Bollywood tries to strangle independent voices: Dibakar Banerjee | bollywood | Hindustan Times
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Bollywood tries to strangle independent voices: Dibakar Banerjee

bollywood Updated: Aug 04, 2016 14:29 IST
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Filmmaker Dibakar Banerjee returned his National Award to protest growing intolerance in India and to show support for FTII students. (IANS)

Director Dibakar Banerjee believes the mainstream Hindi film industry tries to suppress independent cinema and it is upto the audiences to recognise talented filmmakers and give them a fair chance. “Bollywood will always try to strangle something which threatens it. But fortunately for the last 10 years Bollywood hasn’t been able to strangle the independent voices. I am standing in front of you as a result of that,” said Dibakar.

Calling himself an “aberration”, who managed to survive in the industry, the Shanghai helmer says he is hopeful that the work of filmmakers like Gurvinder Singh (Chauthi Koot) and Kanu Behl (Titli) will get its due. “I am definitely part of Bollywood but not a part of the formula. I am probably a very interesting aberration in the film industry. There should not be any reason why I should be here but here I am, still working.”

Read: Chauthi Koot review: A subtle film with long lasting impression

“If I can survive, then more talented and uncompromising filmmakers like Gurvinder (Singh) can survive. We need to recognise who we should reward and hold up as people who make us proud all over the world. The next wave has to start. People like Gurvinder and Kanu have to be given their due, otherwise the world will laugh at us.”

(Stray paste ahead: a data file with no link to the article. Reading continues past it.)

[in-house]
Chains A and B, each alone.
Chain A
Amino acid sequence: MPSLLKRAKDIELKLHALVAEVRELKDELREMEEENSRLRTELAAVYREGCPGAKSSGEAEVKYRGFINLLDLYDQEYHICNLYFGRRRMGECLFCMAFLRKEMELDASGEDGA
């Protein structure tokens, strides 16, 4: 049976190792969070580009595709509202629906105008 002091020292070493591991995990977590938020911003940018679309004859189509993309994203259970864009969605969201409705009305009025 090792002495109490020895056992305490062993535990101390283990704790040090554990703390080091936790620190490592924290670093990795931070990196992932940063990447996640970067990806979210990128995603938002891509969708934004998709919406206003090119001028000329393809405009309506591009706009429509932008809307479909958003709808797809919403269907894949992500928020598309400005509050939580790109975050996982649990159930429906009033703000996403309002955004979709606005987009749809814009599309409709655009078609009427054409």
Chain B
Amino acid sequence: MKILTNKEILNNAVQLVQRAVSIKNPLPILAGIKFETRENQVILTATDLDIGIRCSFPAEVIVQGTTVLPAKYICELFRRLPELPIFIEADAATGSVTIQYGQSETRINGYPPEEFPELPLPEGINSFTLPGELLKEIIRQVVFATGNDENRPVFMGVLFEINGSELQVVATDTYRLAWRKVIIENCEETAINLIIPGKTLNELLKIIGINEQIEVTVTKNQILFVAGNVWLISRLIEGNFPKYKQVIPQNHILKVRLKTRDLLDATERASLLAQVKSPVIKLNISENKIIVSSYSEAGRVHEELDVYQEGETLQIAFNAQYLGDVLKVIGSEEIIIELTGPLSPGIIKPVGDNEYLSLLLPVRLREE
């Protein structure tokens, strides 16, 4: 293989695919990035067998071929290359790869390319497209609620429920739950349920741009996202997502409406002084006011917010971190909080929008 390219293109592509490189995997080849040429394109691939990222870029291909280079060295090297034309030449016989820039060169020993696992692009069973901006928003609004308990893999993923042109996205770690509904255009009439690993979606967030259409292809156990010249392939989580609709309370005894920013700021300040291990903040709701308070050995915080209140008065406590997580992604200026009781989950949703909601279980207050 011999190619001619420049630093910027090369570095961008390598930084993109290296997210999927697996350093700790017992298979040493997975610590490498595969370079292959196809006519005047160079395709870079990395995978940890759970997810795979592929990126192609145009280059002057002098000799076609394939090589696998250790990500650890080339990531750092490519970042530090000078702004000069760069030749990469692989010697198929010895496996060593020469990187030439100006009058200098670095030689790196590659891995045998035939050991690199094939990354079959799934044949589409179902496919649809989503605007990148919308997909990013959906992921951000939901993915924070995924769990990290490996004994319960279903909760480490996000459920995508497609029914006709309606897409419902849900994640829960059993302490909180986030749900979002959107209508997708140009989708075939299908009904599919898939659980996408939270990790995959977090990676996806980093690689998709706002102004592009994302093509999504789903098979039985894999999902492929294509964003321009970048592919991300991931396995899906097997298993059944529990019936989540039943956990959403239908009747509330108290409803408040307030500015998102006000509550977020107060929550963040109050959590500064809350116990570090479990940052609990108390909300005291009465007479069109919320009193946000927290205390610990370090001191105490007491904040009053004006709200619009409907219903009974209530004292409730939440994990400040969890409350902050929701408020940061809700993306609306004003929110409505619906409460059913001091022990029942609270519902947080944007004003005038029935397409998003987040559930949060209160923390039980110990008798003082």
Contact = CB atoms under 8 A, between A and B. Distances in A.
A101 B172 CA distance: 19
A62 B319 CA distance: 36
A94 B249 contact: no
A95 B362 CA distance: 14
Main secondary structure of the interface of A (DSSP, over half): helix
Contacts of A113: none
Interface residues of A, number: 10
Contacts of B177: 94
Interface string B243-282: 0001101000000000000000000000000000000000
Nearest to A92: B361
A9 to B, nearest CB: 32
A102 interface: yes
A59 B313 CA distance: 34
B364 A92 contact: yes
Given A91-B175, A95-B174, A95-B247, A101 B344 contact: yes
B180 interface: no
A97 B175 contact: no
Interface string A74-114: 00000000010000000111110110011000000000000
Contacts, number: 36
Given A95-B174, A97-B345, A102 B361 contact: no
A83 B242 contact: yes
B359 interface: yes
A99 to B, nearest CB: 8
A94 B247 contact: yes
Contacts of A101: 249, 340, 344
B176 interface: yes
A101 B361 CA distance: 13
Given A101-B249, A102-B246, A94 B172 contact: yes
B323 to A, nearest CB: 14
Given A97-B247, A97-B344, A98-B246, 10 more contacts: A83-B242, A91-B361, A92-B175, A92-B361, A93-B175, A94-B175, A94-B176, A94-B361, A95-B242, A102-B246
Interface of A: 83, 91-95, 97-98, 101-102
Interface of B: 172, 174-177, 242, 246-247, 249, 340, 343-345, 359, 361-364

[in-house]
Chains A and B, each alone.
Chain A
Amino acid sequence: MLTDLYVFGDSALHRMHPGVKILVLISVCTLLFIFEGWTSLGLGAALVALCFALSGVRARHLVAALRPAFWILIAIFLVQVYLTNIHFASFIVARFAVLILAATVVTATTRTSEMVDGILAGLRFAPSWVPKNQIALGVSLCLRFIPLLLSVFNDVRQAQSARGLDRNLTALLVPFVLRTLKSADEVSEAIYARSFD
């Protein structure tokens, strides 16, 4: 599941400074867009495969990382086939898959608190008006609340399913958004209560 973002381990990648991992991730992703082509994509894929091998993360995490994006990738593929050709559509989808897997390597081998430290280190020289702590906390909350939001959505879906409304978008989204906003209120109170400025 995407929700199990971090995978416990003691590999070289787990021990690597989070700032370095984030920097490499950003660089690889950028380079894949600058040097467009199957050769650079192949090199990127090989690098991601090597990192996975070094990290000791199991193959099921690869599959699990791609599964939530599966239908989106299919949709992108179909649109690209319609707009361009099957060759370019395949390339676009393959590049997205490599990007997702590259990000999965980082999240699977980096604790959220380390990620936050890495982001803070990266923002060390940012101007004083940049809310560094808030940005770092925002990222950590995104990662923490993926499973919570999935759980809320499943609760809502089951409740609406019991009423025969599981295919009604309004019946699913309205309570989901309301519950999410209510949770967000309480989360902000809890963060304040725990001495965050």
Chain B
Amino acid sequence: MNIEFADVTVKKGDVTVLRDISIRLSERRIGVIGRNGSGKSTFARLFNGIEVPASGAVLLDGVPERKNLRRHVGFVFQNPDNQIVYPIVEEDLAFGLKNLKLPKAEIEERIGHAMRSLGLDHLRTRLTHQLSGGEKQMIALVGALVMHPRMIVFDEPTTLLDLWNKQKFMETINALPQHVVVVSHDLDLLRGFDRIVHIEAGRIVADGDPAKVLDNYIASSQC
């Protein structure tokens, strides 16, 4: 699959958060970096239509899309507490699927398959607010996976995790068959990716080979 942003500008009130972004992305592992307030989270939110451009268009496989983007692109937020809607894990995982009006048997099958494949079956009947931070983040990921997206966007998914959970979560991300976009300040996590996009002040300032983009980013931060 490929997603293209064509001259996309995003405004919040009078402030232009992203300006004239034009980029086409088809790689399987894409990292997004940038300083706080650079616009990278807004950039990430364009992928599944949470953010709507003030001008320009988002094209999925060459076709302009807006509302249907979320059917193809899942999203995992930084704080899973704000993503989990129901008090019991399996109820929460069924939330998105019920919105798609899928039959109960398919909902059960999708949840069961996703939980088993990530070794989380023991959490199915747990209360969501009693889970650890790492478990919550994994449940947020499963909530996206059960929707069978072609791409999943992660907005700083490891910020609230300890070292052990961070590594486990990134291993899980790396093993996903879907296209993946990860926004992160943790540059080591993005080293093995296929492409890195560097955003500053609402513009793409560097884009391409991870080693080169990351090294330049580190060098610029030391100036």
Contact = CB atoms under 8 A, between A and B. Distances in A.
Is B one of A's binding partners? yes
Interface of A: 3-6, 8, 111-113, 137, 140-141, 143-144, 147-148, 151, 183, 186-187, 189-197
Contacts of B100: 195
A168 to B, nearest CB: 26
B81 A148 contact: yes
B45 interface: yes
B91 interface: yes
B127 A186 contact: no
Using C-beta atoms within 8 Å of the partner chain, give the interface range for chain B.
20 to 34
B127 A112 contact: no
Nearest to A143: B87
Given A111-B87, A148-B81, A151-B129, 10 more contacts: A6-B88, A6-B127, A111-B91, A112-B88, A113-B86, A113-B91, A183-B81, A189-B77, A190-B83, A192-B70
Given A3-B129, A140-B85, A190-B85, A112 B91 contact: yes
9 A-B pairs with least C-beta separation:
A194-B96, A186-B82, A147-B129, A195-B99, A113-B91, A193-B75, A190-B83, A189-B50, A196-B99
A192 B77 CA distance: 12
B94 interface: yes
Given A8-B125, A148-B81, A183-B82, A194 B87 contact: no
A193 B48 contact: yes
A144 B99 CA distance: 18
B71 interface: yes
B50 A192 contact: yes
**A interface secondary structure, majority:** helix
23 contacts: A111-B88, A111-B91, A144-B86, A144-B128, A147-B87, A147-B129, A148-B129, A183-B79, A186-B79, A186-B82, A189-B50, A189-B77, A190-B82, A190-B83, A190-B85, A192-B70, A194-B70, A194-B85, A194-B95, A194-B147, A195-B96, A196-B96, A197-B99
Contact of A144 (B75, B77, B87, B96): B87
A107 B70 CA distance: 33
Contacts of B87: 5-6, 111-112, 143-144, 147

The director spoke on the sidelines of a special screening of Gurvinder’s Punjabi film Chauthi Koot, which is based on the short stories The Fourth Direction and I Am Feeling Fine Now by author Waryam Singh Sandhu.

Read: Dibakar Banerjee has no right to return award, Khosla Ka Ghosla producer

Chauthi Koot had its world premiere in the Un Certain Regard section at the Cannes Film Festival last year.

Impressed with the sensitive depiction of the Punjab of 1980s, the time of Sikh separatist movement, Dibakar said the film needs to reach a larger audience. “I didn’t want to come out of the hall. Films like these are becoming a rarity. It’s for those films Indian cinema was once known for.

Watch: Trailer of Gurvinder Singh’s Chauthi Koot

“It’s an interesting situation that a film which created sensation internationally is now coming to India and I hope media, friends of cinema and people, who call themselves tastemakers of cinema, can rally behind this kind of film and tell the Indian audience that there is something which is of tremendous watchable quality.”

The movie won the Singapore International Film Festival Silver Screen Award for Best Asian Feature Film in December 2015.

Chauthi Koot, which also won the National Film Award for Best Feature Film in Punjabi, will arrive in theatres this Friday.

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